District Court Judge Kevin Phillips overturned a Tenancy Tribunal ruling this month, giving landlords reason to hope for fairer rulings in the future, and even a change in legislation in the landlord’s favour.
Details of the Case
In April, the Tenancy Tribunal ordered Vic Inglis to repay $10,960 in rent to tenant Natalie Parry, who discovered the premises had alterations completed without a council permit – unknown to Vic who purchased the property as is and did not request a LIM report.
At the time, Vic also applied for $3,519 compensation for the damaged chattels, property, and removal of smoke alarms during the tenancy when the tenant was also unlawfully subletting the premises as a boarding house.
Reason for the Tenancy Tribunal’s Ruling
The Tribunal Adjudicator declared the tenancy unlawful under Section 137 of the Residential Tenancies Act and 2013 High Court ruling, stating that a premise with unconsented alterations cannot lawfully be used as a residential premise.
The landlord was then ordered to repay the 29 weeks of rent, bond, and court costs to the tenant. Vic had to to sell his property to pay her back.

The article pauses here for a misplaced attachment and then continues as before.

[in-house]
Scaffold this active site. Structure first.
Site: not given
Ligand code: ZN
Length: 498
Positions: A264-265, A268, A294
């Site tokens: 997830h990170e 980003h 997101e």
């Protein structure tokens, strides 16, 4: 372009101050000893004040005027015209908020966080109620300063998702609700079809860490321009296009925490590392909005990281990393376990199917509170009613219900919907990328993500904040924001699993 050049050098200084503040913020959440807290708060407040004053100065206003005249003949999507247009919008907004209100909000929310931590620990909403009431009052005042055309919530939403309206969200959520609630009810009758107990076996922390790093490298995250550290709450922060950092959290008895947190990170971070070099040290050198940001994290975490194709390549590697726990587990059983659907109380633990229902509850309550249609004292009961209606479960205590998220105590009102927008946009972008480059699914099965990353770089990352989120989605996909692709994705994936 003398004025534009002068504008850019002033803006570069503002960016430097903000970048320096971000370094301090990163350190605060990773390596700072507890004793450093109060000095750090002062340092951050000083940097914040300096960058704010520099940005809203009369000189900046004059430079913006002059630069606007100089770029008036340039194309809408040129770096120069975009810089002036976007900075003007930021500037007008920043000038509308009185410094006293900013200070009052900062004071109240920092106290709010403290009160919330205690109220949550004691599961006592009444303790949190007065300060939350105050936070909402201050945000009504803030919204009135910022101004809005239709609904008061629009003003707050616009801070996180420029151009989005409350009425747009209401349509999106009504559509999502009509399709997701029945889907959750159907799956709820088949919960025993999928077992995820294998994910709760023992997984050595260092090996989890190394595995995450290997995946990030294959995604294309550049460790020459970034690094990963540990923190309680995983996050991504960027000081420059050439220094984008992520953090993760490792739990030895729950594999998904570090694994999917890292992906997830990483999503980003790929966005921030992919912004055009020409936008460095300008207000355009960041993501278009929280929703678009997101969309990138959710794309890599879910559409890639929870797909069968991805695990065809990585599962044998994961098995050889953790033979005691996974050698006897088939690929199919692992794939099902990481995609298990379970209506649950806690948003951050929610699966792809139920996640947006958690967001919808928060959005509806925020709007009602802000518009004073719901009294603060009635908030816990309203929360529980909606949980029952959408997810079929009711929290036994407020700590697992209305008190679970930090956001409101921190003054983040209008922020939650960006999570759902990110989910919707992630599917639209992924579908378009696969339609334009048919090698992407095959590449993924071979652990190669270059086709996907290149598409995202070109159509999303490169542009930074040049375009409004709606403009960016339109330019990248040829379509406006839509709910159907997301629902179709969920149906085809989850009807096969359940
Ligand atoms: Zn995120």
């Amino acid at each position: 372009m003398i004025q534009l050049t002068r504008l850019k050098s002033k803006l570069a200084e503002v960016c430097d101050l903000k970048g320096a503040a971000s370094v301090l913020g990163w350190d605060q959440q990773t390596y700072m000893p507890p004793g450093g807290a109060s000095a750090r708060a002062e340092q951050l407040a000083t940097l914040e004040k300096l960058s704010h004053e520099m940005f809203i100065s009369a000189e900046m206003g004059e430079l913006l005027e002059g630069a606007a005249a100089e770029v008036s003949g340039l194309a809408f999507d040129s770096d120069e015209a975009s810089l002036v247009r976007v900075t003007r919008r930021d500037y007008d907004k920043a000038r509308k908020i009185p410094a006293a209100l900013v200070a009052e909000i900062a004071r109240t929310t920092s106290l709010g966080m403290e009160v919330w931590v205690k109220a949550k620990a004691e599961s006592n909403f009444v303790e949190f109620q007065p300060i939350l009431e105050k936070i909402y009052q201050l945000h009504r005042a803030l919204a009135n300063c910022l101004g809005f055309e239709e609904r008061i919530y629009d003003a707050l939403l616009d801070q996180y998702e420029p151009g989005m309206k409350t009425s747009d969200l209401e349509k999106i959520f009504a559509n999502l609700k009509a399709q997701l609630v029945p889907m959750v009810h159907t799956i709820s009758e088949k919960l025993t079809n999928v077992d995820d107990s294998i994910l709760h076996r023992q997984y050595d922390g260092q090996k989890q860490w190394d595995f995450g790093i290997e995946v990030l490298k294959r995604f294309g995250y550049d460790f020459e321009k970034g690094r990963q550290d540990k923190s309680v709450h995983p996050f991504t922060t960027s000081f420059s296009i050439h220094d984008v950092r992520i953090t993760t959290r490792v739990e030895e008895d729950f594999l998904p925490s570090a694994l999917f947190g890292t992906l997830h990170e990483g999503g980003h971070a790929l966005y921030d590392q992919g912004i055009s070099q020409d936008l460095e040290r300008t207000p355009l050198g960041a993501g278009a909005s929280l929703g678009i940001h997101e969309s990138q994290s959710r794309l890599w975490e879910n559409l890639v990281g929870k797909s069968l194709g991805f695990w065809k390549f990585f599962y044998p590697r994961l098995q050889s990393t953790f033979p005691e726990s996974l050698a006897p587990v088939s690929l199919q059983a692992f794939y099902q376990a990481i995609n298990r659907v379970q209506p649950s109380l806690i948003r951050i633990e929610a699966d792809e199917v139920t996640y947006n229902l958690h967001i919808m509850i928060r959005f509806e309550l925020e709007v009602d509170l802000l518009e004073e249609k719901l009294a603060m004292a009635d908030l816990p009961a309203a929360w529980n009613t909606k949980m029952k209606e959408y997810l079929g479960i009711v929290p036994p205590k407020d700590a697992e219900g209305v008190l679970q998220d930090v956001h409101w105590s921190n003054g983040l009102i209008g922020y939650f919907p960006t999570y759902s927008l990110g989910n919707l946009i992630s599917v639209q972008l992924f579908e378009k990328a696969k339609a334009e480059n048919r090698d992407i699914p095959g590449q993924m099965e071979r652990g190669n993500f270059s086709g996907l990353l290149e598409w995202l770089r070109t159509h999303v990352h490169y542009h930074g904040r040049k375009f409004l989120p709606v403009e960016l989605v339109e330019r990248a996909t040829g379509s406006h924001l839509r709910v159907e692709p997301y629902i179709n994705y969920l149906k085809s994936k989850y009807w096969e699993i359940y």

What the District Court Declared
Judge Phillips found the tribunal's interpretation of that decision was incorrect, stating “the tenant did not suffer any detriment of any kind as a result of what was a technical breach” as photos showed the alterations were done at a very high standard.
He also stated the Tribunal was wrong to interpret a technical illegality as changing the status of the term “residential premises”, as the landlord obtained a Certificate of Acceptance for non-consented work at the tenancy premises at short notice before the Tribunal proceedings took place.
Judge Phillips ordered the money paid back to the landlord, and order Adjudicator Wilson to rehear Vic’s claim for compensation of $3,519 and bond of $760.
Will This Ruling Change Things for Landlords?
Yes in two ways.
Firstly, Judge Phillips’ decision could be used as a precedent for the Tenancy Tribunal, allowing for fairer future rulings.
The ruling has also ignited government action, with the New Zealand Property Investors Federation and Housing Minister Phil Twyford agreeing to meet next week to discuss legislation which could reinforce the judge's decision.
Our Advice? When purchasing a property, always add a conditional clause making the sale subject to receiving and accepting the LIM report before the Settlement date.